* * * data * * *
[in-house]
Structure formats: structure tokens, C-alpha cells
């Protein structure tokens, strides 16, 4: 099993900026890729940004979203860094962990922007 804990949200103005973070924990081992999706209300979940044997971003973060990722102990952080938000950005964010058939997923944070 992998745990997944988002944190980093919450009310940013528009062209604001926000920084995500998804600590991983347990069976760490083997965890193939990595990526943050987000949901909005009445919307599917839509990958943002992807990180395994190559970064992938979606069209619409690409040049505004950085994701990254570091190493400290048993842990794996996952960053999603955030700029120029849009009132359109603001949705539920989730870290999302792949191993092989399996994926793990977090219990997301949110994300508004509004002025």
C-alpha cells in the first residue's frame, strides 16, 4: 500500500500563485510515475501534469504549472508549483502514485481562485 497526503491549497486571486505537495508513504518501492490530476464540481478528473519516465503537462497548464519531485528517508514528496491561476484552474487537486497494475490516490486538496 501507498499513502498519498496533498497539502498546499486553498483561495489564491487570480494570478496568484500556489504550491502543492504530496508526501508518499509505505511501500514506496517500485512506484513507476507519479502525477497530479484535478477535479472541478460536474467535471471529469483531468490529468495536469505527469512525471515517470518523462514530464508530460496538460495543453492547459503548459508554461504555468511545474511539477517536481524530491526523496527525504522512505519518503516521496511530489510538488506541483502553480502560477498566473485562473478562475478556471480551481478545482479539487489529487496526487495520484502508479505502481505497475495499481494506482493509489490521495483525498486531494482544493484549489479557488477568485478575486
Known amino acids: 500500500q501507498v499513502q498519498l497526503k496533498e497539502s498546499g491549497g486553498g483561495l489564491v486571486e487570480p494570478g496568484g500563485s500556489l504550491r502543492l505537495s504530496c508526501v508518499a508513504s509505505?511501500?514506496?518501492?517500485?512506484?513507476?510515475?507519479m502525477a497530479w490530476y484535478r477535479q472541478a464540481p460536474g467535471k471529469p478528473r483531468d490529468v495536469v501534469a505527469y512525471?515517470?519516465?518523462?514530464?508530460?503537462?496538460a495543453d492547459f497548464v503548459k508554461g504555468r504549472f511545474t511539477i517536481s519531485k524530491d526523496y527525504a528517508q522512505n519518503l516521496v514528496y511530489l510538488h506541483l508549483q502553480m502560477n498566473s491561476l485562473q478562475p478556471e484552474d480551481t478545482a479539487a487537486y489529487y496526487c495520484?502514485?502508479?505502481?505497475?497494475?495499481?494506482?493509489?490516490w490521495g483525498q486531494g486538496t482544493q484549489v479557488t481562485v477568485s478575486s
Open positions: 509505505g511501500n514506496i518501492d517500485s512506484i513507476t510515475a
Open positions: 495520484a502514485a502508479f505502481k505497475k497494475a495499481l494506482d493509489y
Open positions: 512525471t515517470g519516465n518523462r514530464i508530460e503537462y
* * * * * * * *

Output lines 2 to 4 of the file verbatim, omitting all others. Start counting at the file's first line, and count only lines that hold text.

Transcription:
Structure formats: structure tokens, C-alpha cells
């Protein structure tokens, strides 16, 4: 099993900026890729940004979203860094962990922007 804990949200103005973070924990081992999706209300979940044997971003973060990722102990952080938000950005964010058939997923944070 992998745990997944988002944190980093919450009310940013528009062209604001926000920084995500998804600590991983347990069976760490083997965890193939990595990526943050987000949901909005009445919307599917839509990958943002992807990180395994190559970064992938979606069209619409690409040049505004950085994701990254570091190493400290048993842990794996996952960053999603955030700029120029849009009132359109603001949705539920989730870290999302792949191993092989399996994926793990977090219990997301949110994300508004509004002025």
C-alpha cells in the first residue's frame, strides 16, 4: 500500500500563485510515475501534469504549472508549483502514485481562485 497526503491549497486571486505537495508513504518501492490530476464540481478528473519516465503537462497548464519531485528517508514528496491561476484552474487537486497494475490516490486538496 501507498499513502498519498496533498497539502498546499486553498483561495489564491487570480494570478496568484500556489504550491502543492504530496508526501508518499509505505511501500514506496517500485512506484513507476507519479502525477497530479484535478477535479472541478460536474467535471471529469483531468490529468495536469505527469512525471515517470518523462514530464508530460496538460495543453492547459503548459508554461504555468511545474511539477517536481524530491526523496527525504522512505519518503516521496511530489510538488506541483502553480502560477498566473485562473478562475478556471480551481478545482479539487489529487496526487495520484502508479505502481505497475495499481494506482493509489490521495483525498486531494482544493484549489479557488477568485478575486